Engaging in a fun hobby can boost serotonin levels and promote overall well-being. The key is to find a hobby that genuinely interests and excites you to reap the benefits. Here’s how hobbies boost your serotonin levels and mood:

  • Flow State: Hobbies often involve focused concentration and engagement, known as “flow.” Flow occurs when you are fully absorbed in an activity, wholly immersed, and in the present moment. Some studies27 indicate that this flow state has been linked to increased serotonin and other neurotransmitters associated with positive emotions and well-being.
  • Stress Reduction: Hobbies serve as a form of stress relief and relaxation. Engaging in activities, you enjoy helps shift your focus away from stressors and negative thoughts, promoting a sense of calmness and reducing stress levels. Lowering stress levels28 indirectly supports serotonin production and balance.
  • Social Interaction: Many hobbies can be enjoyed with others, providing opportunities for social interaction and connection. Engaging in hobbies as part of a group or community, such as joining a sports team, attending a book club, or participating in a dance class, allows for social bonding and a sense of belonging. Positive social interactions and connections have been linked to increased serotonin levels23

#7 See a therapist

Seeing a therapist can help with serotonin regulation and overall mental well-being in several ways. However, it’s important to note that therapy is a personalized process, and the benefits can vary depending on the individual’s needs and circumstances. A good therapist will tailor the treatment approach to address specific concerns and work collaboratively with the client to support serotonin regulation and overall mental health.

Here are just some of the ways a therapist can support serotonin regulation:

  • Emotional Support: Therapists provide a safe and supportive environment where individuals can express their thoughts, emotions, and concerns without judgment. Through compassionate listening and understanding, therapists help clients navigate difficult emotions, reduce stress, and improve emotional well-being. This emotional support can positively impact serotonin regulation by reducing the negative effects of chronic stress on serotonin levels.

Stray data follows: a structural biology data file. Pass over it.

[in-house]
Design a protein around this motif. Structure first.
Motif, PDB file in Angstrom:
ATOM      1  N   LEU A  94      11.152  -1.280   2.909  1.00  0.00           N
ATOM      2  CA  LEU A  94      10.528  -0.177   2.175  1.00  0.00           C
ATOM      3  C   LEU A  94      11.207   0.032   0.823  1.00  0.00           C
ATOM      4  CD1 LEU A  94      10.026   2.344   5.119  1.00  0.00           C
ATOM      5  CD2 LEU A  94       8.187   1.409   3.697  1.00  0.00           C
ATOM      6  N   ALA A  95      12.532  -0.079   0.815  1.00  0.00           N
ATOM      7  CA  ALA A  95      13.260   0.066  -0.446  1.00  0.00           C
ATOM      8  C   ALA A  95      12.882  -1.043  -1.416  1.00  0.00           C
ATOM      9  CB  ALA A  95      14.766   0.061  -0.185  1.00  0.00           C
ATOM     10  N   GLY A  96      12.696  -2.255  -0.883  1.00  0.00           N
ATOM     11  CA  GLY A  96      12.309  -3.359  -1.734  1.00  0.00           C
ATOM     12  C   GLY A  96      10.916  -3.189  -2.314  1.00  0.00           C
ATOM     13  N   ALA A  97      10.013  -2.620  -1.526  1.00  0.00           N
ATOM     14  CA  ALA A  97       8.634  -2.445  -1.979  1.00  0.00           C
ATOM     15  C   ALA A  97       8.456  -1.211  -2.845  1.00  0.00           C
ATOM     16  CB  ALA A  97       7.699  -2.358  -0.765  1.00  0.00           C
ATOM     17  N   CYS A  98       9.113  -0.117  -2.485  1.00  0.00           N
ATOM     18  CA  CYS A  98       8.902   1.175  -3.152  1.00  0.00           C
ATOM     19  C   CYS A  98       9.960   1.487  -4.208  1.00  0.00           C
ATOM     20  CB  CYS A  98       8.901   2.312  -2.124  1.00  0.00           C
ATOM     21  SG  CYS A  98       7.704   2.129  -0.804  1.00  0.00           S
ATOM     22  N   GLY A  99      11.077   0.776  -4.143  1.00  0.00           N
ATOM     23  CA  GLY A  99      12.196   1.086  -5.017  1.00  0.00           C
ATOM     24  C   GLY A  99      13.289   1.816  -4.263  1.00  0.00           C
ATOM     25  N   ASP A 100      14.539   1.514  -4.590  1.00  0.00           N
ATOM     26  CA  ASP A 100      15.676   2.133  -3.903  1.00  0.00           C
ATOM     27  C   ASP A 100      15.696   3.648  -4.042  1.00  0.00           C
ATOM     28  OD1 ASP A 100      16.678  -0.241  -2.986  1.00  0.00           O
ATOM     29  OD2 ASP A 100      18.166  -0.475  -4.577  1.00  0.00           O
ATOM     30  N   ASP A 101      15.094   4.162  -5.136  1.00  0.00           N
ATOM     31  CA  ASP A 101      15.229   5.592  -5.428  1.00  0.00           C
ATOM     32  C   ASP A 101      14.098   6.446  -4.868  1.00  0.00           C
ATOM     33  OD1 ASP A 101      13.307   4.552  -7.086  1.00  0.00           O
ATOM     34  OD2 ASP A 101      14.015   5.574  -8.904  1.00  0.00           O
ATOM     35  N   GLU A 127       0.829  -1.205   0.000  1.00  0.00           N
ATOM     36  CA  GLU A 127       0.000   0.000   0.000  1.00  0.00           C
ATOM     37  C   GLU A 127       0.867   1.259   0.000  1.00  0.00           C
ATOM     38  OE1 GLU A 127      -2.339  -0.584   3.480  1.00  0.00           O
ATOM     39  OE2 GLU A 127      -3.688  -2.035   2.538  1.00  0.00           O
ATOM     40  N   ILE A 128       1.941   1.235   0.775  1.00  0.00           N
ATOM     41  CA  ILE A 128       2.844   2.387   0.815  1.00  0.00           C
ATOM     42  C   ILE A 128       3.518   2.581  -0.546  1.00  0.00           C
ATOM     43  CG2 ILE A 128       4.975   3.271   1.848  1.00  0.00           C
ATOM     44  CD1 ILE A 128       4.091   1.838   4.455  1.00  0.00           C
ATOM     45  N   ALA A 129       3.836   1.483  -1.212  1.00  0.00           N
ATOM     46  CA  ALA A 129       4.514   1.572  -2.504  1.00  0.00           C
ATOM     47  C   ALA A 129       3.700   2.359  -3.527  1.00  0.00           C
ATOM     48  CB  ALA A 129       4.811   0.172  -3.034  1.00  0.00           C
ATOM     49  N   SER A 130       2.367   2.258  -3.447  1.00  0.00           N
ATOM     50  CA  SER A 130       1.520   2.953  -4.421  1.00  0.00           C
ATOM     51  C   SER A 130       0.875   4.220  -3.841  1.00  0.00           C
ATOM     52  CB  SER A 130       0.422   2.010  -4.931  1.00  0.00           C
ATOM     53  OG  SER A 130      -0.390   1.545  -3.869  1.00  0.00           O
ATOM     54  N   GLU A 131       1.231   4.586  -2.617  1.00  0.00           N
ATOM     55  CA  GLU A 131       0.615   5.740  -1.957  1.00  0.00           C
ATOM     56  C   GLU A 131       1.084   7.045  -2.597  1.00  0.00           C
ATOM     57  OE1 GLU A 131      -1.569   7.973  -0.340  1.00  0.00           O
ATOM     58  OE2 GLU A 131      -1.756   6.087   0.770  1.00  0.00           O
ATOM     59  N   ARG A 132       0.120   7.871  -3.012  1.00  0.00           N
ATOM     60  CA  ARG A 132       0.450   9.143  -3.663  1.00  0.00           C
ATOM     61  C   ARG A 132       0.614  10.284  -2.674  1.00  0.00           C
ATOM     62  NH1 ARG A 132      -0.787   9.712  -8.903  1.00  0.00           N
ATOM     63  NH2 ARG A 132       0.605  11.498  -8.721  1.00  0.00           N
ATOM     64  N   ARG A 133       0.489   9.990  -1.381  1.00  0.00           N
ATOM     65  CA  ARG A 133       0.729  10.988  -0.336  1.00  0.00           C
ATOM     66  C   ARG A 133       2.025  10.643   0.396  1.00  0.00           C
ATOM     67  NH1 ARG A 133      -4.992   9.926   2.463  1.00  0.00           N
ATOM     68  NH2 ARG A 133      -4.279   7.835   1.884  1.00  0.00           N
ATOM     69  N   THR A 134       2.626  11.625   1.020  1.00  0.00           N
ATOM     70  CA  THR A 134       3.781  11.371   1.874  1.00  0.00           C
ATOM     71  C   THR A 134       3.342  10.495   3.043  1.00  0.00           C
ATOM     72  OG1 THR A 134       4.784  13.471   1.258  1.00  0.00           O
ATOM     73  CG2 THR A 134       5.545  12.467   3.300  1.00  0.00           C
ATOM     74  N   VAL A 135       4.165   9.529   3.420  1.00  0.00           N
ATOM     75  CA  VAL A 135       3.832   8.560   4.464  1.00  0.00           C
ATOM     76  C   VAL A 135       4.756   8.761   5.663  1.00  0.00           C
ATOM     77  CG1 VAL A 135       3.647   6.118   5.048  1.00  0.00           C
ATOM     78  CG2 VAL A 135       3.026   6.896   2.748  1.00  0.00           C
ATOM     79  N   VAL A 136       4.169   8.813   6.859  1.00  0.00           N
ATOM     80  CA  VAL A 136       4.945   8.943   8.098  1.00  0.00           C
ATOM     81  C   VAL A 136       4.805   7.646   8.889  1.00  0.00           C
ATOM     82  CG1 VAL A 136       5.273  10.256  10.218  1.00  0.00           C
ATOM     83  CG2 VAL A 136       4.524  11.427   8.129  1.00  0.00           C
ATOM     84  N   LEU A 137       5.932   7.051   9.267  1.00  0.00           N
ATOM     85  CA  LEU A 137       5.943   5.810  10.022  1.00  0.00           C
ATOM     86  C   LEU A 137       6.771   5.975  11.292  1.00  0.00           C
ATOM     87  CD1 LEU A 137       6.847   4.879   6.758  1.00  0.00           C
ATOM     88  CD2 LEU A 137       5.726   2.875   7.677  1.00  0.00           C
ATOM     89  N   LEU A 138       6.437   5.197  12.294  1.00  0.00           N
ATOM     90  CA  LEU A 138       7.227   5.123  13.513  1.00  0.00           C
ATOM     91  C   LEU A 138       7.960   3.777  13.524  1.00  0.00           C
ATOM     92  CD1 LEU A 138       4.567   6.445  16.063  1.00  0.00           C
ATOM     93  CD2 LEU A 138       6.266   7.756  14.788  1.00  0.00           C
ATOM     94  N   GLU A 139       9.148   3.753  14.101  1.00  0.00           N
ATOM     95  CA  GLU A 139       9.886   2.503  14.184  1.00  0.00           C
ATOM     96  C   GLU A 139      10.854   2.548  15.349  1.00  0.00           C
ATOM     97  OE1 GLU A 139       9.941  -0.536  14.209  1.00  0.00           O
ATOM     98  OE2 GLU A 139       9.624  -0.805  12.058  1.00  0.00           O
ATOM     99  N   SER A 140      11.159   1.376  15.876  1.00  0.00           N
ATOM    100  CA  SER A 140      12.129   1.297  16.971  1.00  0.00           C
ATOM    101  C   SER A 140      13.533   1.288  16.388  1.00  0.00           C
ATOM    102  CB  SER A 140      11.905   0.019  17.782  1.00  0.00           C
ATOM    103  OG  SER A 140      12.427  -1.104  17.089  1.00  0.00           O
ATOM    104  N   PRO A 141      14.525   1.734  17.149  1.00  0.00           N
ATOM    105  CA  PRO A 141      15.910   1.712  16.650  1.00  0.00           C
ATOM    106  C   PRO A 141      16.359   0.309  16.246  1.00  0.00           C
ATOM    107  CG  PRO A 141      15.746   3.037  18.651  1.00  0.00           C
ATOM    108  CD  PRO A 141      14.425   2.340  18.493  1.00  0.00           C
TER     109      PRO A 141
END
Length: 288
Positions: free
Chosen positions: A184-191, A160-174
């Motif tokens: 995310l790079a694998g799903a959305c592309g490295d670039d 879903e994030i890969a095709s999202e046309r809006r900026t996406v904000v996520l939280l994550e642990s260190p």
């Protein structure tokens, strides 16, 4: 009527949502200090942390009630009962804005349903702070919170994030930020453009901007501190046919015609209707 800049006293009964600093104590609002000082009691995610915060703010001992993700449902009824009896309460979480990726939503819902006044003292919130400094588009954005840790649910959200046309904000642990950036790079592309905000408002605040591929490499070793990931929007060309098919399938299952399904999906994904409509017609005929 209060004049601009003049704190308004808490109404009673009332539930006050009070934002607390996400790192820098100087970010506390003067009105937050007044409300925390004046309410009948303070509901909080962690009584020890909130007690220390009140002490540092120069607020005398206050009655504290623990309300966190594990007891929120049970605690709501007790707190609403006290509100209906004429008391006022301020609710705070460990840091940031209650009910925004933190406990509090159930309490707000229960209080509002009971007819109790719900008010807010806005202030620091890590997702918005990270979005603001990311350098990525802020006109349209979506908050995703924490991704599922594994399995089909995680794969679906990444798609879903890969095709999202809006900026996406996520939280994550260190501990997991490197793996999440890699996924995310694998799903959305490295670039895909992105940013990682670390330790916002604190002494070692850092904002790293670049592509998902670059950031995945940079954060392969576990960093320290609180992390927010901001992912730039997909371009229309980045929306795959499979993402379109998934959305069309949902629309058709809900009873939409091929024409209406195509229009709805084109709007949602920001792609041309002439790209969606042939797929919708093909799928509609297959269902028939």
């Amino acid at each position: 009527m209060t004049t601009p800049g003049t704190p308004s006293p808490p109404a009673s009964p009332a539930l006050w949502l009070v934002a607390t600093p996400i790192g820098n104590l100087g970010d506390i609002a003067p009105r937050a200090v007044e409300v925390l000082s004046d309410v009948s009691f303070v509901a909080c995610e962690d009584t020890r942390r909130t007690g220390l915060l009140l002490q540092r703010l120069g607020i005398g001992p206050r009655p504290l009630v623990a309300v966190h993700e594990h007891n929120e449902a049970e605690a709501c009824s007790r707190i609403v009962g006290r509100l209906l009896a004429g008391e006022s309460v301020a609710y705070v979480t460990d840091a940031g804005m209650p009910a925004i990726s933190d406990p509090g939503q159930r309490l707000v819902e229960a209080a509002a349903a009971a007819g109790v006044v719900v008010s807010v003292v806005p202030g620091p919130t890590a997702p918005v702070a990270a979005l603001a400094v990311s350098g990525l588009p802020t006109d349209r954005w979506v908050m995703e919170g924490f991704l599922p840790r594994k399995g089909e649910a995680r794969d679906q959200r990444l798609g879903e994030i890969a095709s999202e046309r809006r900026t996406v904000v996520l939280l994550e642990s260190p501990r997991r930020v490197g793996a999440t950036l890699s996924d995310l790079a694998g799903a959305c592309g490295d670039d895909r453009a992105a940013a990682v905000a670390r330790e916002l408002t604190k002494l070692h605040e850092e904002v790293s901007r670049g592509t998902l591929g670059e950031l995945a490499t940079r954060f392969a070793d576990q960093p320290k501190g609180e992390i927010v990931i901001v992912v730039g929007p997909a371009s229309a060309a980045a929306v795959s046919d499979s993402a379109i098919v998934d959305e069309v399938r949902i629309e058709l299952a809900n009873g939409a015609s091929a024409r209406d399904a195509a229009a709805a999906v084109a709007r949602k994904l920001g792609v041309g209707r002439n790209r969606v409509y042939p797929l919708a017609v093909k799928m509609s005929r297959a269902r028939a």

• Cognitive Restructuring: Therapists often use cognitive-behavioral techniques to help individuals identify and challenge negative thought patterns and beliefs. By reframing negative thoughts and developing more positive and adaptive thinking patterns, therapy can contribute to improved mood and self-perception. This cognitive restructuring can positively influence serotonin regulation and overall mental health.
  • Stress Management: Therapy sessions often involve learning and practicing stress management techniques. Therapists may teach relaxation exercises, mindfulness practices, and other coping strategies to help individuals effectively manage stress and reduce its impact on serotonin levels. By developing healthier stress management skills, individuals can support serotonin regulation and promote better overall well-being.
  • Behavior Change: Therapists can assist individuals in identifying and changing behaviors that may be negatively impacting serotonin levels and mental health. They can help clients set realistic goals, develop healthier habits, and make positive lifestyle changes. This may include promoting regular exercise, improving sleep patterns, fostering social connections, and engaging in activities that support serotonin synthesis.
  • Support for Co-occurring Conditions: Many individuals seeking therapy may also deal with co-occurring mental health conditions such as anxiety, depression, or substance abuse. These conditions can affect serotonin levels and neurotransmitter balance. Therapists are trained to address these conditions and provide evidence-based interventions to support serotonin regulation and overall mental well-being.
  • Medication Management: In cases where serotonin imbalances are significant or medication is warranted, therapists can work in conjunction with psychiatrists or other healthcare providers to monitor and manage medication that affects serotonin levels. Therapy and medication can often be combined to provide a comprehensive approach to addressing serotonin-related concerns.

Attention: If you are seeking mental health support, please note that all content on this website should not be considered professional medical advice. It is always best to consult a doctor or licensed therapist with any questions or concerns regarding your physical or mental health. You can check out Mental Health America’s helpful list of resources and therapists.

Serotonin FAQs 

What are the symptoms of low serotonin levels?

The symptoms of low serotonin levels include depression, anxiety, increased stress, sleep disturbance, changes in weight or appetite, irritability or aggression, and reduced libido. It is important to note that these symptoms can be indicative of various conditions, and a proper diagnosis should be made by a healthcare professional.

Can serotonin deficiency be treated?

Yes, serotonin deficiency can often be treated. The specific treatment approach depends on the underlying cause of the deficiency and the individual’s symptoms. It’s important to consult your healthcare provider for professional support. 

What is serotonin syndrome, and how does it occur?